You’ve been to nursing school. Most of you have passed boards. You have studied and prepared yourself for this day for years.
Finally, it is here: the first day on the floor. It is perfectly natural to be so scared that you are shaking. We’ve all been there.
However, you can take some steps to prepare yourself for your first day. They won’t necessarily make you 100 percent confident when you step onto that floor in your new scrubs, but they will give you a measure of peace the night before.
Believe it or not, you will be protected for a large part of your first few weeks on the nursing floor. Orientation programs vary, but your first day is likely one where they bring you up to speed.
Gather your materials
It may feel like you are preparing for the first day of school, but getting your materials together can help to ease the anxiety you may be feeling before the first day. Get your stethoscope and any other equipment, such as a pen light or scissors.
You can set out your clothes, too. Pick a set of scrubs that are comfortable and make you look professional. You’re going to need comfort, so it is important all of your scrubs allow for freedom of movement.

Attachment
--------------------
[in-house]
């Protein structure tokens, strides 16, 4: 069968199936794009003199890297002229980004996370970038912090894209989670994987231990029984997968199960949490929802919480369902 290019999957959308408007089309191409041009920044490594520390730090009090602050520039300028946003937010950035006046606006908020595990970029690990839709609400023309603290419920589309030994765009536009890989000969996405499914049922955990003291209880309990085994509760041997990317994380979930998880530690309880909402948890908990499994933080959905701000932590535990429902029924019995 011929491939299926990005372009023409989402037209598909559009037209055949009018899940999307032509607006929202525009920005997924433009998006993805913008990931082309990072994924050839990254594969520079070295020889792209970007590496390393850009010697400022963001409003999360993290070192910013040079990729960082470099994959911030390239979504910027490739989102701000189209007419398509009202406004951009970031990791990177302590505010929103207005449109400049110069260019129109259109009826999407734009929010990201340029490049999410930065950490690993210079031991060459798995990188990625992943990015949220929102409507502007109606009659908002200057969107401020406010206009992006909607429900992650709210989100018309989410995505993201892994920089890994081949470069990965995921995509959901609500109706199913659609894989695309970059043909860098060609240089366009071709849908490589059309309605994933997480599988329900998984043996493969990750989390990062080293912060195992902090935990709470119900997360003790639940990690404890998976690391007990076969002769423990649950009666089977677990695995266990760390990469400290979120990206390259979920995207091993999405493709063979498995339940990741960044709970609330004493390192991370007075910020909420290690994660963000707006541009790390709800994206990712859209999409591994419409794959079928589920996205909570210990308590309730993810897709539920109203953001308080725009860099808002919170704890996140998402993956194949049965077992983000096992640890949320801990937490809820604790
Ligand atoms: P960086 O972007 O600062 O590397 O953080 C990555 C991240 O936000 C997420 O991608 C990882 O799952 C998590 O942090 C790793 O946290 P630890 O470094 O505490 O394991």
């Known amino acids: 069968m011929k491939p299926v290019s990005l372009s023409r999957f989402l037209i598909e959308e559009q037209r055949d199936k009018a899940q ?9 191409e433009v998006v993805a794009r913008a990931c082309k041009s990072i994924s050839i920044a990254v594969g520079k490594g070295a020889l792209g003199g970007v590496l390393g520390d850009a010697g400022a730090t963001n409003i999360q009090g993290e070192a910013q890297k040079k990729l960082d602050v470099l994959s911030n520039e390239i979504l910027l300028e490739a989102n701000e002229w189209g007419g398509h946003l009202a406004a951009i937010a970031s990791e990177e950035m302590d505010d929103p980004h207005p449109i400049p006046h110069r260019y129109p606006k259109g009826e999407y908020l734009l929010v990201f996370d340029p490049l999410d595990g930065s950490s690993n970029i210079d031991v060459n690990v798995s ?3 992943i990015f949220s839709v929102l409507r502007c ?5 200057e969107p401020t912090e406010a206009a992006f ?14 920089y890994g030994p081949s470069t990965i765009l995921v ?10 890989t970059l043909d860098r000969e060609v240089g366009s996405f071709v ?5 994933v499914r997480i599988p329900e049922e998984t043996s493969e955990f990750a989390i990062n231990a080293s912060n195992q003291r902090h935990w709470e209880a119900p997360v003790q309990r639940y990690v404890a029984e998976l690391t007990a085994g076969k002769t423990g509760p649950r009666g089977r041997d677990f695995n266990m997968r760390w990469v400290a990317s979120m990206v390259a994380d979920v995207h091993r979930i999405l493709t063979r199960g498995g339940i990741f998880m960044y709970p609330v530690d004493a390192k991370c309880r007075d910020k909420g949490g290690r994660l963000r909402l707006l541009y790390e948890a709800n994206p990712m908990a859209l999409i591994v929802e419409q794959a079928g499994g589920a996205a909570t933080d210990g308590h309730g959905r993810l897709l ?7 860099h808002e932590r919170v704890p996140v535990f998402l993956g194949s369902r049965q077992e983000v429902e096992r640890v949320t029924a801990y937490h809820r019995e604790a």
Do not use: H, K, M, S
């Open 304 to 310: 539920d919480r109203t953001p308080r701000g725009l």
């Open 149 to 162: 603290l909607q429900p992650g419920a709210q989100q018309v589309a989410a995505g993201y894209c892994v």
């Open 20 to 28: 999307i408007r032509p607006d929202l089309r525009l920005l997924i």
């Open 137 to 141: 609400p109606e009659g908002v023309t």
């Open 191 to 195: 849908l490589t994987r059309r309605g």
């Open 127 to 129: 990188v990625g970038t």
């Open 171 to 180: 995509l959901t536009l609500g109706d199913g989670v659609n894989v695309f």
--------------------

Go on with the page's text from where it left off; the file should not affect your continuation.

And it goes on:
A lunch may be a good idea, too, although many nurses choose not to take lunches. Prepare one anyway because you are going to need the energy, and throw in some quick snacks while you are working in the kitchen.
Gather whatever else you may need, but don’t over pack. You probably don’t need textbooks, but a notebook will help you remember small things you learned during the day that you can review at night.
Call your mentor
Every nurse should have a mentor, but sometimes they are hard to come by. However, you can always tap nursing instructors and clinical instructors for reassurance before the big day.
You may not even meet your mentor until you begin working on the floor, so this method of preparation may be difficult. You could call nursing school friends, though, because they are likely going through the same fears that you are.
If you need to, discuss your fears with a loved one. They may not understand entirely, but everyone has started a new job at some point in their lives.
In other words, get the feelings out there to people you trust. Bottling it up inside or acting like it isn’t making you nervous will only lead to more nervous feelings.
R-E-L-A-X: That’s the key to this whole problem. You won’t be thrown to the wolves on your first day as a nurse.
Now, it will be challenging, because you have a lot to learn. You will have help, though, and that means that you won’t be able to hurt anyone.
On your first day, you may just observe or take one or two patients. You won’t be given a full assignment, and you will be attached to your preceptor at the hip.
Even if you don’t get a long orientation period, your preceptor will be there on your first day, and you can depend on them to show you the ropes. So, relax. You are not in danger on your first day, although it is a milestone you will remember for the rest of your career.